This will enable you to have some income continuing to flow in while you set up some of the preliminary basics, like planning your business, getting your funds in order, setting up your website, and so on.
A gradual switch is best for those who know they need the security of their day job and prefer to chip away at a transition more slowly. However, the downside is that you may feel stretched a bit thin (think long days and working on weekends to set everything up), and there is less impetus to go “all in” if you still have the security of your day job to rely on.
Quitting your day job to become your own boss
On the opposite end of the spectrum, you may decide it’s time to quit your day job, never look back, and devote all of your energy to becoming your own boss.
There are pros and cons here, too. You’ll have plenty of time to focus on your new venture, and you’ll have a bit of fire underneath you prompting you to work extra hard. However, the obvious downside is that you may be without an influx of income for a short (or maybe long) period of time.
The good news is, there really is no right or wrong way to go about making the switch from employee to boss. Your decision will depend on your current financial state, the type of business you plan to start, and your own self-awareness when it comes to your working habits.
Resources to help you make the switch from employee to your own boss:
- The 10 Best Side Businesses to Fund Your Startup (Plus One Unexpected Suggestion)
- How to Build Your Business Before Quitting Your Day Job
- How to Start a Business While Working a Full-Time Job
- How to Prepare: Quit Your Day Job and Be Your Own Boss
4. Set aside enough money
Before you take the plunge and make a plan toward becoming your own boss, it’s important to make sure this road is financially viable for you.
This doesn’t even mean getting funding squared away for your new business; I’m talking earlier even than that. Do you have enough money to sustain yourself while your business gets off the ground?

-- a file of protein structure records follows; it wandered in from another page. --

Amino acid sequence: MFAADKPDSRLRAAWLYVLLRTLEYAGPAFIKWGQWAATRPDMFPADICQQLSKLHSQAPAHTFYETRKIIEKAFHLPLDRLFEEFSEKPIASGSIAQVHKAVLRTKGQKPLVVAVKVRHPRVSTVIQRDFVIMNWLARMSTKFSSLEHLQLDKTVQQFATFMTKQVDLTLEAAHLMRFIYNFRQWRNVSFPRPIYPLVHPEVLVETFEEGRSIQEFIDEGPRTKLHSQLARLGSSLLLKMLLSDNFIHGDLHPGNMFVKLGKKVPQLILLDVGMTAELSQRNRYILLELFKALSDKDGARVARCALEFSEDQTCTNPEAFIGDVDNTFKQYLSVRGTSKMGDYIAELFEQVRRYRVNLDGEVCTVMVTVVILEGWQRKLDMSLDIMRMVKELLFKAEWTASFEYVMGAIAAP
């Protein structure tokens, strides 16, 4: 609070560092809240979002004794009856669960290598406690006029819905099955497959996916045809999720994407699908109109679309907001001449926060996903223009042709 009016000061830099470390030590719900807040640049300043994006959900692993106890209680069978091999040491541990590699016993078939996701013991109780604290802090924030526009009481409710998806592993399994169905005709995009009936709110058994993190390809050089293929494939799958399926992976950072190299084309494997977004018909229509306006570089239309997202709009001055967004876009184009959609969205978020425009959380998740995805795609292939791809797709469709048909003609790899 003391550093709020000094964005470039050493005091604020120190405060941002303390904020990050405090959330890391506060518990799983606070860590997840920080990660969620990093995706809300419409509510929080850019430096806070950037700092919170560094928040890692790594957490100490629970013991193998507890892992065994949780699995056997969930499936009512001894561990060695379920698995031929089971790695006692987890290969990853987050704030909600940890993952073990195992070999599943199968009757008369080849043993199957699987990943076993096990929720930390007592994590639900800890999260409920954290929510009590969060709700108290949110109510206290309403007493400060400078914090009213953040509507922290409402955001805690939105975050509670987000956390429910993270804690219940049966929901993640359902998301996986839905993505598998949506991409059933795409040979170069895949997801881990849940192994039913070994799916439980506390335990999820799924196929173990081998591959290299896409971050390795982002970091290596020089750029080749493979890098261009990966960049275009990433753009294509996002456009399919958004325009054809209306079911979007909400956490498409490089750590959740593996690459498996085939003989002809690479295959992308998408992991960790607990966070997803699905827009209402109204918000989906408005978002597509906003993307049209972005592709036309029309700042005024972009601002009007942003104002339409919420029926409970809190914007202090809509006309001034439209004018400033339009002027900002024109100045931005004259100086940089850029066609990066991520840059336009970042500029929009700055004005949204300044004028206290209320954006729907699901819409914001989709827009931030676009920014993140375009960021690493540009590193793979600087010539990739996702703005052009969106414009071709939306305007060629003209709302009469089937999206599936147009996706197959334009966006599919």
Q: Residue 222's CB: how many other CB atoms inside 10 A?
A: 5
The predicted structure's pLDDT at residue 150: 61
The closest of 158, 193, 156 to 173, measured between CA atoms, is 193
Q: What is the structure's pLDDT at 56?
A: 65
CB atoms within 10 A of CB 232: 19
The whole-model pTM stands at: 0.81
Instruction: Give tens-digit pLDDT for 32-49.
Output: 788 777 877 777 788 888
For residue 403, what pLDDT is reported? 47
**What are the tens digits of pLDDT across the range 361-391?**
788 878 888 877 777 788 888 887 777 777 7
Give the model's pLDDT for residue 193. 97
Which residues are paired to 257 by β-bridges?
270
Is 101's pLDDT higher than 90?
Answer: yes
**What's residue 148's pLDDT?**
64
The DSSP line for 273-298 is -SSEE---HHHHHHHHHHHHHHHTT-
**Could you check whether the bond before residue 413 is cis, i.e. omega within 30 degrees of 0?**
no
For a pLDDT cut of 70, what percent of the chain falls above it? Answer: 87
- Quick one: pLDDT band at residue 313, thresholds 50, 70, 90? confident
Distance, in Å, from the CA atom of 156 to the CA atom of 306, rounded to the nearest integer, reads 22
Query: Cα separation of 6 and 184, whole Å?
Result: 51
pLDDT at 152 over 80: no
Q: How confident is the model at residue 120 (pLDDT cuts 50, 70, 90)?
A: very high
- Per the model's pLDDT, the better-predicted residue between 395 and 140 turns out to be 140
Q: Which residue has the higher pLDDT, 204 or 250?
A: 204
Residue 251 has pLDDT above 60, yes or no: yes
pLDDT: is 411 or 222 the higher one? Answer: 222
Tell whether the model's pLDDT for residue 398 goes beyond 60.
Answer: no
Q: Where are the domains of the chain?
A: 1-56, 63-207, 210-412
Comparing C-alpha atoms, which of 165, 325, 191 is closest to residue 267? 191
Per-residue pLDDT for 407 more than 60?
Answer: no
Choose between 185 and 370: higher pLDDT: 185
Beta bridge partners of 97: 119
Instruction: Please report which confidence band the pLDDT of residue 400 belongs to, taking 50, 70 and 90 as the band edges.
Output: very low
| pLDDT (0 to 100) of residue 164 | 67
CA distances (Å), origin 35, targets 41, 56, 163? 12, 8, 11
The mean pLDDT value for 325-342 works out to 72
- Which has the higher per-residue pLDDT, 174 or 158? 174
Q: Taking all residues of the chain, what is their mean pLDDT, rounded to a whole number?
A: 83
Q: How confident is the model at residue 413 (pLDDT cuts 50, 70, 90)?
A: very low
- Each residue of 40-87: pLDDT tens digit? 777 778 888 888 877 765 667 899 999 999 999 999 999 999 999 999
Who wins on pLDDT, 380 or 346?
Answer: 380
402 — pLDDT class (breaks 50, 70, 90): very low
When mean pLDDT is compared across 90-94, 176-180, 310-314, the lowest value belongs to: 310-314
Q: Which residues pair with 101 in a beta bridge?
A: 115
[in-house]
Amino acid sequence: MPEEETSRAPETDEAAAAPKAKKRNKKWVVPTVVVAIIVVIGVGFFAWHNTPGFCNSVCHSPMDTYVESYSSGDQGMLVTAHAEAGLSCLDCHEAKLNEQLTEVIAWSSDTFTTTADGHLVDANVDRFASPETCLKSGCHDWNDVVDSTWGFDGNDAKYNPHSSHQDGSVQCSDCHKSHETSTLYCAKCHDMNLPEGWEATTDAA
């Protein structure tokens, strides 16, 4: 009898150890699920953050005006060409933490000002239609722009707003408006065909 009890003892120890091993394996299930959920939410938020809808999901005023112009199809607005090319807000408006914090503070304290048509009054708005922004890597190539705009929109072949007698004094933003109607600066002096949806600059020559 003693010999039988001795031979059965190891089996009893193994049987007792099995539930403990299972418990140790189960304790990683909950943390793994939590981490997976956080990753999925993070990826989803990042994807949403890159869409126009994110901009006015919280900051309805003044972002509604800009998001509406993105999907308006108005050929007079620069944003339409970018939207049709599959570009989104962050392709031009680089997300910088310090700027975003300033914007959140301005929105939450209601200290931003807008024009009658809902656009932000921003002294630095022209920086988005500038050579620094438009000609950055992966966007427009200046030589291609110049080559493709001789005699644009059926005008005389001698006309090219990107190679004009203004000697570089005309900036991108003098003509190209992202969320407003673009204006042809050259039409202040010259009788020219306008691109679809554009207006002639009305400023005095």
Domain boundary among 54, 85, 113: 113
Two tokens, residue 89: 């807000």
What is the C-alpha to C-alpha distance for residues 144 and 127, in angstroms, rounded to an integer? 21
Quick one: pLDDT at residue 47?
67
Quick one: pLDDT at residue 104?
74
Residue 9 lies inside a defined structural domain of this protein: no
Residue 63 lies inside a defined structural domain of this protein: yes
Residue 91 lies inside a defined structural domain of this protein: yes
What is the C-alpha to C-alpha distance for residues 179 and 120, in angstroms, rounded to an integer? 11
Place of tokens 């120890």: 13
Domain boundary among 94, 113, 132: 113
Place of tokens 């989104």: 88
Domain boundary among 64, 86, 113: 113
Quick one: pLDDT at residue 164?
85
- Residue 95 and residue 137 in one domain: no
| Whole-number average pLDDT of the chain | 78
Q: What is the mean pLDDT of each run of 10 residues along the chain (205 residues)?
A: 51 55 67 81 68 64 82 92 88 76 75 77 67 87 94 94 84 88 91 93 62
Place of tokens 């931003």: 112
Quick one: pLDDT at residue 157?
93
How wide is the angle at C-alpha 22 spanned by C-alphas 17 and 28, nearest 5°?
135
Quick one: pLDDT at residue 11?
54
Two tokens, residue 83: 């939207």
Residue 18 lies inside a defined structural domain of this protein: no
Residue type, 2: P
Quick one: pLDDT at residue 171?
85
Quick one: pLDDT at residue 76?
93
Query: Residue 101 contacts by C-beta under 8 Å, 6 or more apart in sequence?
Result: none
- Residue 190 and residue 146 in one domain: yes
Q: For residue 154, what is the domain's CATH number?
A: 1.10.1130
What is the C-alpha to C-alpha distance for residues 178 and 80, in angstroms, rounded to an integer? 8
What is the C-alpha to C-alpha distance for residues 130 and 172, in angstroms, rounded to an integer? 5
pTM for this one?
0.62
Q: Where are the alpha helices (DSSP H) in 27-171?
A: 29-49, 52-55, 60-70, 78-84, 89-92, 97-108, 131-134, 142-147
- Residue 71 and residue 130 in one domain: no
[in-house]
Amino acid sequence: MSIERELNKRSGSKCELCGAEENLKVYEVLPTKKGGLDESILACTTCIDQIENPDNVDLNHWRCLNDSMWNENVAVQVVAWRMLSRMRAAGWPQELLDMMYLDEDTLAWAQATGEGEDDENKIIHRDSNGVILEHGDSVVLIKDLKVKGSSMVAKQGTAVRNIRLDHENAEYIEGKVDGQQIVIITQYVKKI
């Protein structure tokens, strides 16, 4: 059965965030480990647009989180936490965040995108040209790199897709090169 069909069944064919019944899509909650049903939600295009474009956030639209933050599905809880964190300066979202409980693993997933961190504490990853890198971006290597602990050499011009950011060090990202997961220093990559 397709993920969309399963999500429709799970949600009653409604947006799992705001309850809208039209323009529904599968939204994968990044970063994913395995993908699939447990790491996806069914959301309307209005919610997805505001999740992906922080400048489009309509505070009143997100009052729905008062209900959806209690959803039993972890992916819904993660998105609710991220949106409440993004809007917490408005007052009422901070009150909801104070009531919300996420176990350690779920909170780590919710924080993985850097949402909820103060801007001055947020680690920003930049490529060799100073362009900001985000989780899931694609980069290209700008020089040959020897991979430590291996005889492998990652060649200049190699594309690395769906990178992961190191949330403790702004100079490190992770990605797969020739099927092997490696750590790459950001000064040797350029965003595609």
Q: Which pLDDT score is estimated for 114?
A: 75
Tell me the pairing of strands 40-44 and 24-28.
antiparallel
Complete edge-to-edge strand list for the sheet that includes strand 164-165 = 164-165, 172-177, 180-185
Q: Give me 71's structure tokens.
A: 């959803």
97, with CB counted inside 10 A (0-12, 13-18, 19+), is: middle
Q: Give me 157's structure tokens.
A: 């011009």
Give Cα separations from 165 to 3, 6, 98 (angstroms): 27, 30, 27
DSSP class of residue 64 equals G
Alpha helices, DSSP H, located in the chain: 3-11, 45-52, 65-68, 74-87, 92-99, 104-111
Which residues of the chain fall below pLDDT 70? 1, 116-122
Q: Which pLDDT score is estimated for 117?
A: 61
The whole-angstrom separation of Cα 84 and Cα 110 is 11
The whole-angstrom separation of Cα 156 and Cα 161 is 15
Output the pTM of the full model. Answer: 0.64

Putting enough money away for personal expenses
General wisdom (and Intuit’s Quickbooks blog) recommends that would-be entrepreneurs have six months of personal living expenses in savings before starting their own business; some more cautious folk opt to have enough income saved away for an entire year’s worth of expenses.
Before you commit to the process of becoming your own boss, spend some time evaluating your personal expenses. How much do you spend per month, and on what (rent or mortgage, groceries, transportation and car payment, and so on)? Do you have any big, upcoming expenses (new technology you plan on purchasing, necessary additions to your home)? What about yearly recurring expenses (flying home to see your family, holiday gifts, and so on)? Do you have enough saved for emergencies?
Get very familiar with your monthly budget before you make the shift to becoming your own boss. A personal finance tracker such as Mint can be very helpful here.
Making sure you have enough money to start your business
In addition to determining how much you need saved to cover your own personal expenses, how much money you need to start your business will depend on what kind of business you’re starting. We’ll look at a couple of different cases next.
Selling or producing a service
If you plan on becoming your own boss by selling or producing the intangible (such as providing consulting services, freelancing, and so on), your startup costs will be pretty minimal.
You may need startup capital to hire someone to create a website, a logo, and other branding material, but as you don’t have any physical product, your starting expenses are negligible.